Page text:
MS Leader: Missed opportunity by FSA
The extension of the approved persons regime was the one bright spot in the regulator’s first Mortgage Market Review consultation paper back in October 2009.
As the Financial Services Authority pointed out at the time, there are numerous benefits to be gained from individual registration and extending the approved persons regime, the biggest being that every broker will have their own FSA number. If the regulator really wants to stamp out the cowboys that operate in the market, this is one of the best ways to do so.
So the disappointment in the industry last week when the FSA said it was no longer aiming for a specific financial year and would only introduce the changes when it was “practically possible”, was palpable.
There’s no denying the regulator has a lot on its plate, as it splits in two and becomes the Prudential Regulation Authority and Financial Conduct Authority. But the only conclusion can be that, just as with the original MMR paper, it bit off more than it could chew with its evaluation of the market in 2009.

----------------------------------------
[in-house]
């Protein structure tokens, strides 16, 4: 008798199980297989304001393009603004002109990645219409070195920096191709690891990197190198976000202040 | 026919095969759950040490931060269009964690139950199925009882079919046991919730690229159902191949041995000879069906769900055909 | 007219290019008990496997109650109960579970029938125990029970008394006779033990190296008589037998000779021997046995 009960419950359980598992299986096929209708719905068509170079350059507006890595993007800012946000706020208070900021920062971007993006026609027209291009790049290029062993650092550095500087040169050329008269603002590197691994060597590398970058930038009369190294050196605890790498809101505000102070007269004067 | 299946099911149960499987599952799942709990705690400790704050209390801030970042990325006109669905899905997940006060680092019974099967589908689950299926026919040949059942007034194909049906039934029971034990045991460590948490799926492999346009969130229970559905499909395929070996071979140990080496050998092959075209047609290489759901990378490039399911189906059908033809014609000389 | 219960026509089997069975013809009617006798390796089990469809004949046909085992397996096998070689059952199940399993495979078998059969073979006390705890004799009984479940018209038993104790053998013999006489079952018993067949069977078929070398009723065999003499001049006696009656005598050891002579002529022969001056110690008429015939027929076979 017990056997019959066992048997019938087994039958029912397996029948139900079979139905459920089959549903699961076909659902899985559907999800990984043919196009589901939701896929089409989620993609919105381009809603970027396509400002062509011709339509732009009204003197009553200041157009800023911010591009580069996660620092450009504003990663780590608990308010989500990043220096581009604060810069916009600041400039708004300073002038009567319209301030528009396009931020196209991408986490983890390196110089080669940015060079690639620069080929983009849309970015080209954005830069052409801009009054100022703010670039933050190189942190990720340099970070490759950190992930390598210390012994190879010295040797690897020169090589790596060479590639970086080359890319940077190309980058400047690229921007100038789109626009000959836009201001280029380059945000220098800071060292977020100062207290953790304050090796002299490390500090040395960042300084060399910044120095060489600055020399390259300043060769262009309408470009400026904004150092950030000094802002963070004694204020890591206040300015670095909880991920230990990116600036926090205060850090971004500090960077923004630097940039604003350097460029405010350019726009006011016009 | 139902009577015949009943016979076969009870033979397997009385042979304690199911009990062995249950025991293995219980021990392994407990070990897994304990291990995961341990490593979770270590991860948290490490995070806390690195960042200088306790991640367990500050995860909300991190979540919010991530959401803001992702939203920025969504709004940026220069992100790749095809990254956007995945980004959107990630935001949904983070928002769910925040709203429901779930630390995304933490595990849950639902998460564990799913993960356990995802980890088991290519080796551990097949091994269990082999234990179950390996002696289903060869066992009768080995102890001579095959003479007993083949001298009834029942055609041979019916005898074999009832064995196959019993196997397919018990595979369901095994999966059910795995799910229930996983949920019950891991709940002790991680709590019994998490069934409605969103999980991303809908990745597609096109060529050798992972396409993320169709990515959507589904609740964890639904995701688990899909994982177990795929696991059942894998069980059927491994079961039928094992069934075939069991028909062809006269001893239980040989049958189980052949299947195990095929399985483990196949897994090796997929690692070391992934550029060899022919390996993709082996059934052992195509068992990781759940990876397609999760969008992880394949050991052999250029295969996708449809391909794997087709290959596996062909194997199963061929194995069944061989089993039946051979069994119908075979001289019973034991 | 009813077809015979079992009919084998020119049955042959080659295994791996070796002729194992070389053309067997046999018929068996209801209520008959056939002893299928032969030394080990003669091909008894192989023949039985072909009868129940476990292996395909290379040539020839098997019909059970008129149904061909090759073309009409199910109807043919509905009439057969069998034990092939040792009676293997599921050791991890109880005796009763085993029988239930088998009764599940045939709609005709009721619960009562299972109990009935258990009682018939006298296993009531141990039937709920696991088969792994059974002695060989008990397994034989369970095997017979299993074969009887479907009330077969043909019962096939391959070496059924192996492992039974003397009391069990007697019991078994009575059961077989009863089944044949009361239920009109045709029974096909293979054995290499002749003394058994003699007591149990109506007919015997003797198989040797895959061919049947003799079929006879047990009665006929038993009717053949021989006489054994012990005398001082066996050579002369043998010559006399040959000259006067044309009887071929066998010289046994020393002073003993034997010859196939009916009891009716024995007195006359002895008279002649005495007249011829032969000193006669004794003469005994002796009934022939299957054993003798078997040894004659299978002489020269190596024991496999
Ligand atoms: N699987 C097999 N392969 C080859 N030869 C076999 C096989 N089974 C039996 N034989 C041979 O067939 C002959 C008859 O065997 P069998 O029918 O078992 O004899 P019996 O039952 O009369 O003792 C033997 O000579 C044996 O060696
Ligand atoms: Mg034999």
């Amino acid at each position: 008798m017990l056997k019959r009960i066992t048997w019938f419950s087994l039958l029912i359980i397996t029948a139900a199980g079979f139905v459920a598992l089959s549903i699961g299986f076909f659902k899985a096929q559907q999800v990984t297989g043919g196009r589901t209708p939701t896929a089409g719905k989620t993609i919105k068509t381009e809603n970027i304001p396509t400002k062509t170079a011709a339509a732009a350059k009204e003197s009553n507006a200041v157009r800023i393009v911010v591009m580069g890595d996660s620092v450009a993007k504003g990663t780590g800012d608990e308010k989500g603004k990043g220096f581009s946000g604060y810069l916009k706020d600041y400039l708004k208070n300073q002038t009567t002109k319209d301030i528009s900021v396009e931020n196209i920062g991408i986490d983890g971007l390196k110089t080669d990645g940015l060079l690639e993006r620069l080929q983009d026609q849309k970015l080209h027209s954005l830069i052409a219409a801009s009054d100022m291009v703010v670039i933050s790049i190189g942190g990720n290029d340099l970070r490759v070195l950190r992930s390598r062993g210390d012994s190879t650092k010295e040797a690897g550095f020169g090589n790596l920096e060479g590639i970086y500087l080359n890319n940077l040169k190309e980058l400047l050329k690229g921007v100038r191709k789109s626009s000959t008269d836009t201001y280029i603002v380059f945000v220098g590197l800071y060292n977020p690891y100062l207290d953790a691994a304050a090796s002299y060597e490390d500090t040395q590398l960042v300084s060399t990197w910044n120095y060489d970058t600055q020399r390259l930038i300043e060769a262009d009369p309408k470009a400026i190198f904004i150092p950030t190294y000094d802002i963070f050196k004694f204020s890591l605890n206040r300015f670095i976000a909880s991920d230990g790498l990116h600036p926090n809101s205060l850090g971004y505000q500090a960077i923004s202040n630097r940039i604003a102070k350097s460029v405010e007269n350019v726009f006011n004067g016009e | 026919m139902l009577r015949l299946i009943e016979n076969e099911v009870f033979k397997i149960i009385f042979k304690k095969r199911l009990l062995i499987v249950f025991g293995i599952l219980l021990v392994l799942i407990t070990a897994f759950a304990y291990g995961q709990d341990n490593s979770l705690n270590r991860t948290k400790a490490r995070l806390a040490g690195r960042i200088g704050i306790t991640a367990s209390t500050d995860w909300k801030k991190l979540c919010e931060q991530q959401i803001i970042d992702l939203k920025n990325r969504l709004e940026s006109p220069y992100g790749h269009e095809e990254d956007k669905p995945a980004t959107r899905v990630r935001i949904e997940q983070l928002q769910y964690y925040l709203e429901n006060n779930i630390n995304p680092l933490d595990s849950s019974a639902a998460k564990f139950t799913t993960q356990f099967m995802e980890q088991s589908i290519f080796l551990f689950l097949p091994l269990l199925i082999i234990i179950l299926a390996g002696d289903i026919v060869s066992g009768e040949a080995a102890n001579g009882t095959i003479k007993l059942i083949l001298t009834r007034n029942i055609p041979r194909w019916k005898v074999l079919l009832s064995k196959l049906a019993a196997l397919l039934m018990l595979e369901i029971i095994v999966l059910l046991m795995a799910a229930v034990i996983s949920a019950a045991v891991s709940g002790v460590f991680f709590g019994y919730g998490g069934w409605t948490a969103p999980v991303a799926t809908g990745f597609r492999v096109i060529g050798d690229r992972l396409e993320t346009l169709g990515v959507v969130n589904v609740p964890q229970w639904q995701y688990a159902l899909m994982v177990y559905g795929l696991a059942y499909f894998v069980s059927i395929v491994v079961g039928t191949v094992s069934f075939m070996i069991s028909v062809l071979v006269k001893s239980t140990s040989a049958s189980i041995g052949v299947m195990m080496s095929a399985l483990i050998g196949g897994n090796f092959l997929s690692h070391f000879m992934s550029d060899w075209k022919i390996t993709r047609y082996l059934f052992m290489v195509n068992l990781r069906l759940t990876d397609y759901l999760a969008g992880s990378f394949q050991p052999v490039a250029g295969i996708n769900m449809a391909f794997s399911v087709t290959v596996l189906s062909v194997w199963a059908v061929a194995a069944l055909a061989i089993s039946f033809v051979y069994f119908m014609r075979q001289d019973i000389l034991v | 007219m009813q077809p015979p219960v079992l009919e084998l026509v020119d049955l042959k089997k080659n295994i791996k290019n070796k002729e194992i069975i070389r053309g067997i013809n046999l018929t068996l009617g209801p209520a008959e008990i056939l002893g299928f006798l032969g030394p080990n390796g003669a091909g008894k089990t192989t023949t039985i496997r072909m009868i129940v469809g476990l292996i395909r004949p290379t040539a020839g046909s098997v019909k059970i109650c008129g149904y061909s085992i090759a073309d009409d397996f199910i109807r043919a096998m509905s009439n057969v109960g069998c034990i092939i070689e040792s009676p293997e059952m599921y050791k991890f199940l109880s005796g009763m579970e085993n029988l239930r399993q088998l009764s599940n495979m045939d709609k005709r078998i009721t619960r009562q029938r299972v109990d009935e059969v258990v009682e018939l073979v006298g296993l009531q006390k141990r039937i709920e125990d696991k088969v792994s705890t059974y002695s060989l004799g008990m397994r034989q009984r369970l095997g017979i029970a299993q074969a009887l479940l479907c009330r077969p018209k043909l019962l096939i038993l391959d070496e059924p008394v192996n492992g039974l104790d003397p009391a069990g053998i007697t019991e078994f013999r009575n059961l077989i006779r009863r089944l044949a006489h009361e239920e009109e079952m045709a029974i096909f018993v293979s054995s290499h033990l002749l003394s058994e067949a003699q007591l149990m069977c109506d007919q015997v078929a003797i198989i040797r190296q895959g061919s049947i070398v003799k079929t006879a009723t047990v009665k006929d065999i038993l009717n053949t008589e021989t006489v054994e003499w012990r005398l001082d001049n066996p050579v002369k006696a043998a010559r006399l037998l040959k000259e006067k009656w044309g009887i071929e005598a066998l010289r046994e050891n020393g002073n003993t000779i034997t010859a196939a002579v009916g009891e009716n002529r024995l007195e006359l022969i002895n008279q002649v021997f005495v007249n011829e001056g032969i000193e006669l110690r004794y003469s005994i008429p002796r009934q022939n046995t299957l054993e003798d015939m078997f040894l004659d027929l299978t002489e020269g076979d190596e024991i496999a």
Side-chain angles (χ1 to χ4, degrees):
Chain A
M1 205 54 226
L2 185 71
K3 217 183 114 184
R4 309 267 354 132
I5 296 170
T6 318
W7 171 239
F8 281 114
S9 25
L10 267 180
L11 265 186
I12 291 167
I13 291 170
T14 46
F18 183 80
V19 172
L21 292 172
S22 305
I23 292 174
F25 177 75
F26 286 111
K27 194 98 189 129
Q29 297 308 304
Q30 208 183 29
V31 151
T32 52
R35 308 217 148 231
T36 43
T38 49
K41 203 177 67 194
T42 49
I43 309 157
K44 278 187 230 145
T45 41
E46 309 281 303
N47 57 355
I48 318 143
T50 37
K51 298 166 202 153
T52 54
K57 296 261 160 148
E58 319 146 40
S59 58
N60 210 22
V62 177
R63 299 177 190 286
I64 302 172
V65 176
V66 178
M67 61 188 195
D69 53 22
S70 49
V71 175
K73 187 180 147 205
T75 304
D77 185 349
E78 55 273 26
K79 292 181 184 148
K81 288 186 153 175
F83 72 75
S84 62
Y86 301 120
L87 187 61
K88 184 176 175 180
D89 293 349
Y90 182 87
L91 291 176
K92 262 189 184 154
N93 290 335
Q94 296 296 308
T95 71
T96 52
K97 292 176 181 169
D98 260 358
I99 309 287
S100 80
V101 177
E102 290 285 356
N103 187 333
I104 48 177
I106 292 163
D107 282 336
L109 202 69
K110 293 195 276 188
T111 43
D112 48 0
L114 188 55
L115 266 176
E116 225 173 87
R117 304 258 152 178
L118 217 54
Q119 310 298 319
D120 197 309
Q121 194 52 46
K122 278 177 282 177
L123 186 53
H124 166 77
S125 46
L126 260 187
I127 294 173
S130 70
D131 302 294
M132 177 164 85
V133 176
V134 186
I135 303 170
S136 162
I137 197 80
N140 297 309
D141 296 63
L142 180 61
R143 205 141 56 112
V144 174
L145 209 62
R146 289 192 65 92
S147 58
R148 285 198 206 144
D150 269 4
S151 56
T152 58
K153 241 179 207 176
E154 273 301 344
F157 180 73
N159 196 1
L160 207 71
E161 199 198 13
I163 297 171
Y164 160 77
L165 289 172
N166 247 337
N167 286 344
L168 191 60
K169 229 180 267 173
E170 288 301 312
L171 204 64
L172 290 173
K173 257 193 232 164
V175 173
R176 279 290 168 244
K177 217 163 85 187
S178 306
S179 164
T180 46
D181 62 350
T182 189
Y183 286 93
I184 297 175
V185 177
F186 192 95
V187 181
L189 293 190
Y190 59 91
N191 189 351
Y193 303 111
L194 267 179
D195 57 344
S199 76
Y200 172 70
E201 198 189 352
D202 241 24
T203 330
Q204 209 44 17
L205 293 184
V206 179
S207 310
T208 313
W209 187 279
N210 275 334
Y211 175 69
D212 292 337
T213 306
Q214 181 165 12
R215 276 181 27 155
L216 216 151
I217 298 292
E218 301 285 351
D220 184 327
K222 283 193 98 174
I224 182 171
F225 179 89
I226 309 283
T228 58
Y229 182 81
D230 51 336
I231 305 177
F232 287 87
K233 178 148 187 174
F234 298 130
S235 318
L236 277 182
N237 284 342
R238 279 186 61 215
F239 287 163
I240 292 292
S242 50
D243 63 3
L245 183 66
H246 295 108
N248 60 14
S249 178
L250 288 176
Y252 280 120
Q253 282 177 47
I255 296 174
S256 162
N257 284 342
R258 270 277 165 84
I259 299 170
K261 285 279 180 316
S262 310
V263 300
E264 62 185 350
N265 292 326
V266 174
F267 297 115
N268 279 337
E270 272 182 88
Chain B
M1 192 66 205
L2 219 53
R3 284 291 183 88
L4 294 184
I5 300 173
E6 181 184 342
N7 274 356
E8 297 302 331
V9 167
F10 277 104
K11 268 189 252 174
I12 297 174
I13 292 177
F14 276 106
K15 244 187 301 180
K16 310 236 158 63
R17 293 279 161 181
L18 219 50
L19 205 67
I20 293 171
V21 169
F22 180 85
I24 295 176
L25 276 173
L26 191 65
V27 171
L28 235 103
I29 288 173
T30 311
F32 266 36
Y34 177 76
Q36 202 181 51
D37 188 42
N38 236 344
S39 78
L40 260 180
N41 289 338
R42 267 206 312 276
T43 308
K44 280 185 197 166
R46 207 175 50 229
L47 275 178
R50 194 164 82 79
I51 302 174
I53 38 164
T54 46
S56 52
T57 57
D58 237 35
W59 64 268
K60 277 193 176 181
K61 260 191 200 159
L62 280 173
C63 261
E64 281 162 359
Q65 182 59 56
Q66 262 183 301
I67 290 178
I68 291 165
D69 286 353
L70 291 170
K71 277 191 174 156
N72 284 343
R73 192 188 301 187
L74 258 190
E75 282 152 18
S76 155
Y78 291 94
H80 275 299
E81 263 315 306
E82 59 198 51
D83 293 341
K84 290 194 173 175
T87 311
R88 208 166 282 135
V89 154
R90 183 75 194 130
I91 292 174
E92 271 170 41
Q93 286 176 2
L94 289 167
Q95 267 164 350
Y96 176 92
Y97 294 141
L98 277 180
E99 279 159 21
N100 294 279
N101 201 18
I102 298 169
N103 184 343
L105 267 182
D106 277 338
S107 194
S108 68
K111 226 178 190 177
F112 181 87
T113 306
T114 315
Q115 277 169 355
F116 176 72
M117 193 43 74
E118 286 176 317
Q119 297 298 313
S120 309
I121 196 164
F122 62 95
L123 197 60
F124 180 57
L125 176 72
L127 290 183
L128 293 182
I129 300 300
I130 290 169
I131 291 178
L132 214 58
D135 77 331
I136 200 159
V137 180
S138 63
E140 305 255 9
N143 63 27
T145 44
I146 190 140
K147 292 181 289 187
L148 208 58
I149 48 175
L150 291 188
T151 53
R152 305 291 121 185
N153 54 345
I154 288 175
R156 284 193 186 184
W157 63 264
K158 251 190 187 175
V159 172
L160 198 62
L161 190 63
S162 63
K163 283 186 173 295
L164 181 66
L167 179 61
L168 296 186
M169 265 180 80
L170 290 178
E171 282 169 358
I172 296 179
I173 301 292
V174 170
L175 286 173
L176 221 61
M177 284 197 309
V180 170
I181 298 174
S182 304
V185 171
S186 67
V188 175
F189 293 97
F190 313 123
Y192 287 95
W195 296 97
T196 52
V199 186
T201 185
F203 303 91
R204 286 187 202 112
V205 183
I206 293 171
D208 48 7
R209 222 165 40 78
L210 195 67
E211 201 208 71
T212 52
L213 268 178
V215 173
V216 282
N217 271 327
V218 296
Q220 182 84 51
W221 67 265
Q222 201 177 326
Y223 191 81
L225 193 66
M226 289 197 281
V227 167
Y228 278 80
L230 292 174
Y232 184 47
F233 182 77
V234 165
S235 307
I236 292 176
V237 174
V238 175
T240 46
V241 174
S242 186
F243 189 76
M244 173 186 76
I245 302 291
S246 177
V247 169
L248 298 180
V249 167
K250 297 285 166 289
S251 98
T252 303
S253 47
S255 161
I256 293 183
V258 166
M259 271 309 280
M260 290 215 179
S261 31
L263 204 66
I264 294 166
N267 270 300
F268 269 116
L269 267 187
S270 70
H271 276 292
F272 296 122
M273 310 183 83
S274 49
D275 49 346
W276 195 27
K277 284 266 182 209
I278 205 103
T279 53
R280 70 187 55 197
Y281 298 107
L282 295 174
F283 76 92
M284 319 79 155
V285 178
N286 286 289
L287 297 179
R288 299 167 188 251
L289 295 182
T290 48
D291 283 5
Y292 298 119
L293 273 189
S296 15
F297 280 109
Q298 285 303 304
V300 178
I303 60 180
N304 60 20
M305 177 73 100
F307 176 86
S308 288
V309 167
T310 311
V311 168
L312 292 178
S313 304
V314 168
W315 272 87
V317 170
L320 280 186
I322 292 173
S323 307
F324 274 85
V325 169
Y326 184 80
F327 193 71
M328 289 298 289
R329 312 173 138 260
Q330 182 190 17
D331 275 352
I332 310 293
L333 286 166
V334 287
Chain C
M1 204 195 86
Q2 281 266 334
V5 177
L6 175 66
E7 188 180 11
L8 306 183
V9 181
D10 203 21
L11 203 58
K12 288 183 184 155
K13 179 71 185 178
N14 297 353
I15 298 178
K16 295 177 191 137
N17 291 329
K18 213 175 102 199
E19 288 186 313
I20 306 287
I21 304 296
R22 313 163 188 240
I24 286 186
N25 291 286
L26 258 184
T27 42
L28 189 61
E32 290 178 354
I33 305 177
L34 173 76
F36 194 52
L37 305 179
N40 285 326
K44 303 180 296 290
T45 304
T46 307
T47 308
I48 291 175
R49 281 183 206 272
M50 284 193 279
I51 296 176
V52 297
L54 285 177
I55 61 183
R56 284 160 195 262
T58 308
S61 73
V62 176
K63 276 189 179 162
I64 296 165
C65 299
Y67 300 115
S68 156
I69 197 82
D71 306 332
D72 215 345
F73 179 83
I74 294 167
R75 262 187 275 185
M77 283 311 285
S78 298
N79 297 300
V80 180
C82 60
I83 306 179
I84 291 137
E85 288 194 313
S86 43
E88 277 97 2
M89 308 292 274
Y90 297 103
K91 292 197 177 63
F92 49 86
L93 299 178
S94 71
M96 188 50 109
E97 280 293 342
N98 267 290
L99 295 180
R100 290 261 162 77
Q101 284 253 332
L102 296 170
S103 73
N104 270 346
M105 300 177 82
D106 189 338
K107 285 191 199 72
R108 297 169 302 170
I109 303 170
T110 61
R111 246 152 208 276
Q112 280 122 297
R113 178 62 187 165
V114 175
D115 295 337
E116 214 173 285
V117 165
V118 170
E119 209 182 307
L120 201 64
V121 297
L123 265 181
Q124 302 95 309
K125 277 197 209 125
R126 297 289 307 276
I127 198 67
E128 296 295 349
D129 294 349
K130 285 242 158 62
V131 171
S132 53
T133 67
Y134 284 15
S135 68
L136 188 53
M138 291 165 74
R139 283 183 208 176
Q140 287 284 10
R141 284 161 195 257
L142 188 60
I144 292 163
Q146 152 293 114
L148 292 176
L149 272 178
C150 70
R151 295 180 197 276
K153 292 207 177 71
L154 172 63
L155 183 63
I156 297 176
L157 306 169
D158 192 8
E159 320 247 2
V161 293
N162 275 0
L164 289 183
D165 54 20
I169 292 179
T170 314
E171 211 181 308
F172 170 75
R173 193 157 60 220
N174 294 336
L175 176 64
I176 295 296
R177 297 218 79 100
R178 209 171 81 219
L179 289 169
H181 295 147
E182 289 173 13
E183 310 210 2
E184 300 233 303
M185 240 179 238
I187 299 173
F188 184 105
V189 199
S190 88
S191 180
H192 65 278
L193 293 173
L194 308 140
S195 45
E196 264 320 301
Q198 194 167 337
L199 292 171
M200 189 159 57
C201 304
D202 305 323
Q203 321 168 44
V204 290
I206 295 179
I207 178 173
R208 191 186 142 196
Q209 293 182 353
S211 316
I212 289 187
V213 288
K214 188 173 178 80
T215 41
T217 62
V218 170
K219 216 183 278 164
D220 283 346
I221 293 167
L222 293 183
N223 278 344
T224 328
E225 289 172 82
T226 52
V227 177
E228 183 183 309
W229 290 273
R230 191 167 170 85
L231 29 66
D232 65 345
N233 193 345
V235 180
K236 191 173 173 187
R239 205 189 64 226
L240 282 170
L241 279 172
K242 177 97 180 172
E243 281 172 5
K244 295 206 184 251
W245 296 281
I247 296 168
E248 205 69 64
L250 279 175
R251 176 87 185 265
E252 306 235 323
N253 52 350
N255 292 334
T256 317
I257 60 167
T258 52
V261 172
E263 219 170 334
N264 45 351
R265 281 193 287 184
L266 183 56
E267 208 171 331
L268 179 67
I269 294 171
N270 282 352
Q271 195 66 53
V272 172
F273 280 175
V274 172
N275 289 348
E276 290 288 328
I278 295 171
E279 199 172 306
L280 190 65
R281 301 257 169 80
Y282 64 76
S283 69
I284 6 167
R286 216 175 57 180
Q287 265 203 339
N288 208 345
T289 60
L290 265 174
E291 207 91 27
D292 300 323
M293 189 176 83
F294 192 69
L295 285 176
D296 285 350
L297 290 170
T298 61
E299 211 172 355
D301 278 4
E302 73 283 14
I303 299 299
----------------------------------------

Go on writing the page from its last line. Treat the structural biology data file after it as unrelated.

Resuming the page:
Back then it described the benefits of extending the approved persons regime to brokers as “improving standards of fitness and propriety among individual mortgage advisers and prohibiting rogue individuals from the industry”. This analysis was sound - it’s a shame the FSA failed to make this worthy aim a priority.
Meanwhile, this week’s lead story on page four warns brokers about the perils of accepting introduced business without making checks on the clients and cases they submit. Your FSA licence is like a mint condition Rolls-Royce - you wouldn’t let someone without a licence take it for a spin because you’ve only got yourself to blame if it comes back ready for the scrapheap.